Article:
They have to sound great with all genres and have to be servicable now and 10 years later. It helps to have decent resale value too.
I have been a Mirage fan for many years because I like their tonal balance and transparency, but especially I like their omnidirectional dispersion patterns that create a realistic, stable soundstage and the more realistic timbres that come from energizing a room in a way similar to live voices and music. Now that Klipsch has dumped their high end lines and continues only their "lifestyle" products, I'm not sure what I'll be getting 10 years down the road.
Although they're not omnis, I like Sonus Faber a lot. I like their combination of linearity, resolution, and musical tonal balance. I also like Magnepans for similar reasons, though they usually need a good pair of subs to complete them.
The sound. Otherwise, why bother?
The make and rep of a speaker may draw you in for a listen but by all means, never let that be the deciding factor.
Reading between your lines, are you leaning towards a particular speaker that your ears love but your eyes don't?
Trust your ears.
I bought the "new and improved" version of a speaker I really enjoyed, thinking I would like it better. Flawed logic. Blew a wad of cash on that mistake. Come to think of it I've done that twice now. Duh. Unfortunately a manufacturer's design philosophy may not carry over to subsequent efforts.
I don't usually listen, I first look at what spikes come with the speakers. I dunno, I just like cool spikes.
Then I look at the brand name. Is it easy to spell? Does the name roll off my tounge or is it difficult to pronounce. I might listen if there are 2 speakers with cool spikes and single-syllable names just to pick a winner.
Your method is just as effective as any other. I don't think you can buy a BAD speaker these days.
I picked my current spaker because it was a dipole.
I had a pait of Infinity RSIIa forr almost 20 years, and they were dipole from midrange up.
After those i had a set of box speakers.. but i was not as happy. So I went to the Magnepan brand to get the dipole.
So now i am a happy Magnepan 3.6 owner.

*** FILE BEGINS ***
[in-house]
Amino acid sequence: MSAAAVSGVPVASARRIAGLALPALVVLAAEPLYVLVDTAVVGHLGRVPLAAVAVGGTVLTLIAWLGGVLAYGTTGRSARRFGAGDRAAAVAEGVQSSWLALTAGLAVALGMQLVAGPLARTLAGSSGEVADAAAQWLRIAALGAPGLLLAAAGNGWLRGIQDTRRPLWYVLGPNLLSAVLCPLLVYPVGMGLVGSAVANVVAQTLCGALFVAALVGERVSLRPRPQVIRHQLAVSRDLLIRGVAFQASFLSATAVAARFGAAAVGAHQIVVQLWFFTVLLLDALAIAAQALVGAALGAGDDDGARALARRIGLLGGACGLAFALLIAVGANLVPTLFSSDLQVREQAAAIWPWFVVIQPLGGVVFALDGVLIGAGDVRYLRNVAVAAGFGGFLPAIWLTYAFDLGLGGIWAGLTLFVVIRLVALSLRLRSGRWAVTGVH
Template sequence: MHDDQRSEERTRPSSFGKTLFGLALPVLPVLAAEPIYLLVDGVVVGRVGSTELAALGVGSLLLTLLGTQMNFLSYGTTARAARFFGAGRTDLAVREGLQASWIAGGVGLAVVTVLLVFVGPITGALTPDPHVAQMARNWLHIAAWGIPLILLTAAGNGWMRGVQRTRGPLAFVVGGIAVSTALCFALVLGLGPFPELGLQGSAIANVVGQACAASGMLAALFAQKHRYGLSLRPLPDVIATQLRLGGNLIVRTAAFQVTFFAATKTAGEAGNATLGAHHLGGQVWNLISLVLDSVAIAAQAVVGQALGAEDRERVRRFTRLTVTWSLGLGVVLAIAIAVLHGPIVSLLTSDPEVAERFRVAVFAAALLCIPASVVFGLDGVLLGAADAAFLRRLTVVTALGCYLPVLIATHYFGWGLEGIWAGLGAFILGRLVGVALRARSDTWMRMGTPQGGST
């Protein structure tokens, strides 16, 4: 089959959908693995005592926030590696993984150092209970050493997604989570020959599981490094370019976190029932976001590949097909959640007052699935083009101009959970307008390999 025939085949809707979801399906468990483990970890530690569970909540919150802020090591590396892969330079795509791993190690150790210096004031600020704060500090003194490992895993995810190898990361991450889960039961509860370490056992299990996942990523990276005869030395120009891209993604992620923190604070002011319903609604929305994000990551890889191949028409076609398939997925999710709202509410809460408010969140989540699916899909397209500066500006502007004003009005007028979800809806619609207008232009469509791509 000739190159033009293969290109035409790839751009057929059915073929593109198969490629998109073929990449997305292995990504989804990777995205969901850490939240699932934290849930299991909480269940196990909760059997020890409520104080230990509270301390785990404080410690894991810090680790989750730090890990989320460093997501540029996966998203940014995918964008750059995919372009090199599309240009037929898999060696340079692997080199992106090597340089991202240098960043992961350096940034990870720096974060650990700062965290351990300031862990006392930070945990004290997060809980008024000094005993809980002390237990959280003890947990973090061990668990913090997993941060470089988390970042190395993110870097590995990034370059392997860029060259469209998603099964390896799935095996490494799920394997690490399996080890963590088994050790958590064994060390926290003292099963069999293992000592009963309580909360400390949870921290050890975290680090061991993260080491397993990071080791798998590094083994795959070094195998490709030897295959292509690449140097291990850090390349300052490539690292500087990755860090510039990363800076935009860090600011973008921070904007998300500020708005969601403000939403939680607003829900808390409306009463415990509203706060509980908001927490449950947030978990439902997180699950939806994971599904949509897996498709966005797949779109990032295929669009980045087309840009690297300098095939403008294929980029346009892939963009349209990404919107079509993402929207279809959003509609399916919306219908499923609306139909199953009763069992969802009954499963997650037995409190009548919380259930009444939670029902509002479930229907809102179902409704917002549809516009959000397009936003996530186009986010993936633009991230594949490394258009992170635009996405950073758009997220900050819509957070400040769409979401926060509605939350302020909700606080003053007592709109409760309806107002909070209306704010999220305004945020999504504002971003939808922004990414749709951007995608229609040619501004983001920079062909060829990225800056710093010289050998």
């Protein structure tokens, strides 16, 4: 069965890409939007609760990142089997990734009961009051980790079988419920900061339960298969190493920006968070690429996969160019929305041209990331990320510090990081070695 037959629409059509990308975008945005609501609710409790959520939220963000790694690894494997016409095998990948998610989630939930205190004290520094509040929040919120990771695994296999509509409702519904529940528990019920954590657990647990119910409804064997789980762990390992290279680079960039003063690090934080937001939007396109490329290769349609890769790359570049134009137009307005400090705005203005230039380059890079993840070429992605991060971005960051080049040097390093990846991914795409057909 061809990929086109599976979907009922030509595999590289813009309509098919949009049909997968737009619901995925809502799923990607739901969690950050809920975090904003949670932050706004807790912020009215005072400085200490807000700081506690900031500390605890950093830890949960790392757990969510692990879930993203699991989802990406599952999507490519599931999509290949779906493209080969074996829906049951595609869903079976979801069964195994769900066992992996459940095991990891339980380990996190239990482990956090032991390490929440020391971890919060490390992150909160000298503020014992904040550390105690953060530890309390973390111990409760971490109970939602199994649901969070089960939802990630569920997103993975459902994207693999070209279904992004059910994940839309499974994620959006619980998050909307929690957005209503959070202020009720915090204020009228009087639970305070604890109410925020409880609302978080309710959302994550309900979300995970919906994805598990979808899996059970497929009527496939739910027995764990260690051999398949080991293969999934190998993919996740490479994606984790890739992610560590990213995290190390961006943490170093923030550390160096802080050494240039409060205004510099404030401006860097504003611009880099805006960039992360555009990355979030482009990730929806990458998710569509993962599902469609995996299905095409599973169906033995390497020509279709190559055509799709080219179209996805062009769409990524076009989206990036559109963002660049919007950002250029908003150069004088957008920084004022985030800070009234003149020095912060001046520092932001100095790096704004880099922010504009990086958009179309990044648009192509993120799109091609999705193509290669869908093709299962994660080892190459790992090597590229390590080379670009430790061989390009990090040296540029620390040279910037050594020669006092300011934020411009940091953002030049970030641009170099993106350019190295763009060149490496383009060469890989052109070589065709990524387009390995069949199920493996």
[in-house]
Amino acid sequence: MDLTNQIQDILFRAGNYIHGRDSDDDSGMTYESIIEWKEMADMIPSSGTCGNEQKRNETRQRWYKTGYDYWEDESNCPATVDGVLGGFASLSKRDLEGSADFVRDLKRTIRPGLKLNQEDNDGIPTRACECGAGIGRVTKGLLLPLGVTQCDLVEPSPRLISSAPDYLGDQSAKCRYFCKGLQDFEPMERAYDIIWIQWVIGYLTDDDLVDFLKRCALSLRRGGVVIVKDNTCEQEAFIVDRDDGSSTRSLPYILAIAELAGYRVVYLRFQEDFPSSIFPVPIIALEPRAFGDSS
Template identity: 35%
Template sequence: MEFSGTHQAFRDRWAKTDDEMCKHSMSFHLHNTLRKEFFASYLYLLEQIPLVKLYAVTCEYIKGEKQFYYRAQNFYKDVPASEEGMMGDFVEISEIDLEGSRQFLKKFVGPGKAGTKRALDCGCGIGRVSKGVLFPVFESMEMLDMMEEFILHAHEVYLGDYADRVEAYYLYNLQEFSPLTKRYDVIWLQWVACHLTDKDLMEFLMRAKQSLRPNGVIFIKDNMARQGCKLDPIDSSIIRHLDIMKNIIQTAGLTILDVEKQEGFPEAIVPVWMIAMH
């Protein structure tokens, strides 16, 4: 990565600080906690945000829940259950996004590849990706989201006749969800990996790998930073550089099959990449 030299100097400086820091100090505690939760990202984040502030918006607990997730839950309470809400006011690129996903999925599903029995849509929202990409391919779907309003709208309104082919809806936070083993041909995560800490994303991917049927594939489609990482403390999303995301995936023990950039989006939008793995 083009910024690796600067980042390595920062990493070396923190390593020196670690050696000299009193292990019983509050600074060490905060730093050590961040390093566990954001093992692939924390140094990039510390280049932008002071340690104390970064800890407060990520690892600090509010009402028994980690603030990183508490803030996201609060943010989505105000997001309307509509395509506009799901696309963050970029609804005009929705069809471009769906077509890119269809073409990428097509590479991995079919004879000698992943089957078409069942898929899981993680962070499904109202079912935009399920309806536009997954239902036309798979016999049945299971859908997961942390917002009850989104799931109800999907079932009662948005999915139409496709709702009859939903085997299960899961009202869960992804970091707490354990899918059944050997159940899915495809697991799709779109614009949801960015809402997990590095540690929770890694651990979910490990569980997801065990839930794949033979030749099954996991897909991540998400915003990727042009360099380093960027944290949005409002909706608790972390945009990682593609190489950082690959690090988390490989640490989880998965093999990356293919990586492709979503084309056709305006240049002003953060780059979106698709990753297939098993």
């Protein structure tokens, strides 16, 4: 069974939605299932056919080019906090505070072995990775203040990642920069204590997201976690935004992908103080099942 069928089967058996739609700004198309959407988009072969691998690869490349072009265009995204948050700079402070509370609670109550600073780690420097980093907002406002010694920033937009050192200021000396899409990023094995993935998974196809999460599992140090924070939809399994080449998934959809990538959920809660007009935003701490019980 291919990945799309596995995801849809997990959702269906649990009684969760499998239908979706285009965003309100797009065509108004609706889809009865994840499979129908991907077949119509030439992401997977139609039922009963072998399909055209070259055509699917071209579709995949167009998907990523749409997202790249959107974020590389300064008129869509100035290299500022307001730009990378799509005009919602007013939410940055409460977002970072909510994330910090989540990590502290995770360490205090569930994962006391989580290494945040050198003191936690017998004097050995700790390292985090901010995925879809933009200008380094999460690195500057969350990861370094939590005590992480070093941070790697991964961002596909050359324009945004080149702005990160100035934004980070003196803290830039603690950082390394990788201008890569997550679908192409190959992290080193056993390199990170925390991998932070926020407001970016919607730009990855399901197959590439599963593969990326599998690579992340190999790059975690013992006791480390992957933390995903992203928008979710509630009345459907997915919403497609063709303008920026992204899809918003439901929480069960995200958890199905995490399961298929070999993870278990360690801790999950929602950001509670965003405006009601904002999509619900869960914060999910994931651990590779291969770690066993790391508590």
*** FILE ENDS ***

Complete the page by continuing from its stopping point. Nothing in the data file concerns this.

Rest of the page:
The only plan I might entertain is to go to a 20.1 Magnepan speaker...
I am a happy camper.
First I let my wife pick it. A happy wife is a happy sound. Then I ask her if it is the right color, size and price. She doesn't care about the sound so I don't either. I think this is actually how I go about it- I have found it takes me about 6 months to get a handle on the microdynamcs, which matters a lot to me. And so after finding a speaker that sounds good and auditioning it I need to know more about longer term use with it. So I hope to get comments on that.
I guess you like cats. We have two. My wife likes them.
A) Sound. This is to some extent personal preference, in that I buy speakers that sound best with the kind of material to which I listen. I've found that as you move up the line, that's less of an issue, since there are fewer design compromises -- you don't have to choose between deep bass, say, and a sparkling treble.
B) Can I accommodate it -- if it won't fit or sound good in my space, well, it isn't going to be of much use.
C) Price -- can I afford it. Honestly, if you know what to buy, there's so much great stuff available for a song that this isn't an issue.
Anyway, over time, you come to associate certain types of speaker with a certain kind of sound. Since I first heard a friend's KLH-9's several years ago, I've known that I was a planar type of guy -- stats, planar dynamics, ribbons. They have a naturalism on acoustical music that all but the most esoteric dynamics lack. You also get to know certain brands, and which ones are known for reliability, sound quality, service, and bang for the buck.
Let's name those brands. I want to take a look at them.
I guess you like cats. We have two. My wife likes them."
Tried and tried to make the cat connection, came up with nothing.
No cats here, just a big dog.